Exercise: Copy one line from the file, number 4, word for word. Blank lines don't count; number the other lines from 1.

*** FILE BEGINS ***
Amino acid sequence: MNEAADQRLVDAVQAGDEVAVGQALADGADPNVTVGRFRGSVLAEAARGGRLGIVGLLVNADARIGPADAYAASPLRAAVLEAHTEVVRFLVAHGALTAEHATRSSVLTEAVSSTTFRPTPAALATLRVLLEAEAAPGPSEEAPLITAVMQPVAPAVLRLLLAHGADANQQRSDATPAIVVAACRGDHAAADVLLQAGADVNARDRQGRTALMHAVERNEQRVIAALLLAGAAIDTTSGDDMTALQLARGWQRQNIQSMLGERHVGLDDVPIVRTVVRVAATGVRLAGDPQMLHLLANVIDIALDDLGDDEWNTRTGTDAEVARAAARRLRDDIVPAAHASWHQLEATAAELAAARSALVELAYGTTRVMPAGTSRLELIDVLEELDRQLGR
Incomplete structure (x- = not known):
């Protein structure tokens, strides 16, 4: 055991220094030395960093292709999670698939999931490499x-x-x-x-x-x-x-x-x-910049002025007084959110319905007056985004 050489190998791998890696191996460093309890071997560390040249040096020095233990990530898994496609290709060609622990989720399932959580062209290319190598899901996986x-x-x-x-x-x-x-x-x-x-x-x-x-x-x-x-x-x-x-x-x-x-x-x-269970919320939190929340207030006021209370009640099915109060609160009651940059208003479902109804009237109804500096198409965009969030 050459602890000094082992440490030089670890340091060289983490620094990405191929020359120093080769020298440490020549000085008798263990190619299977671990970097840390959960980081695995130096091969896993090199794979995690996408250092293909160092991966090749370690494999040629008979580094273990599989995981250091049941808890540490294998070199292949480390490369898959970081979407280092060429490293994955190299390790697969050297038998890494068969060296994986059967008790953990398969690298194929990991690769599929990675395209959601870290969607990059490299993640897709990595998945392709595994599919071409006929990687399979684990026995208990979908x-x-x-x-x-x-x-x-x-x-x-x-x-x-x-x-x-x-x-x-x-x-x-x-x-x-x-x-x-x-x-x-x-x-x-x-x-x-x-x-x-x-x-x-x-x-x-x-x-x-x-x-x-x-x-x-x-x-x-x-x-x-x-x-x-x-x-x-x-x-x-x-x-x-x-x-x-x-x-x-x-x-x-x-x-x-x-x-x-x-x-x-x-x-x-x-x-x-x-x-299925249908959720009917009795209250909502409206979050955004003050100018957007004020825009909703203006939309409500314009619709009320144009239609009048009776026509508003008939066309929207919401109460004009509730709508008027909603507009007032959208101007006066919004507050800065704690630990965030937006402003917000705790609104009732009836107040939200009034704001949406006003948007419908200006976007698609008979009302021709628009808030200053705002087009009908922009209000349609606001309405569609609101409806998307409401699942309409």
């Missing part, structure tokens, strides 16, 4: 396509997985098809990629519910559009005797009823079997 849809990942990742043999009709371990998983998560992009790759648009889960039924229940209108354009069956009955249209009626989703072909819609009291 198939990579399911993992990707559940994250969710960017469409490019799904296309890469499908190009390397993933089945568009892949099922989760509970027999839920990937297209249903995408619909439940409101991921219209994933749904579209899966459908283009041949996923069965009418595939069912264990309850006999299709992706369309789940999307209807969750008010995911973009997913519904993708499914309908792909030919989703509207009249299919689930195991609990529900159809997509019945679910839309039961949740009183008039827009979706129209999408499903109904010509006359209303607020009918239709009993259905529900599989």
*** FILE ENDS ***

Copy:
């Missing part, structure tokens, strides 16, 4: 396509997985098809990629519910559009005797009823079997 849809990942990742043999009709371990998983998560992009790759648009889960039924229940209108354009069956009955249209009626989703072909819609009291 198939990579399911993992990707559940994250969710960017469409490019799904296309890469499908190009390397993933089945568009892949099922989760509970027999839920990937297209249903995408619909439940409101991921219209994933749904579209899966459908283009041949996923069965009418595939069912264990309850006999299709992706369309789940999307209807969750008010995911973009997913519904993708499914309908792909030919989703509207009249299919689930195991609990529900159809997509019945679910839309039961949740009183008039827009979706129209999408499903109904010509006359209303607020009918239709009993259905529900599989």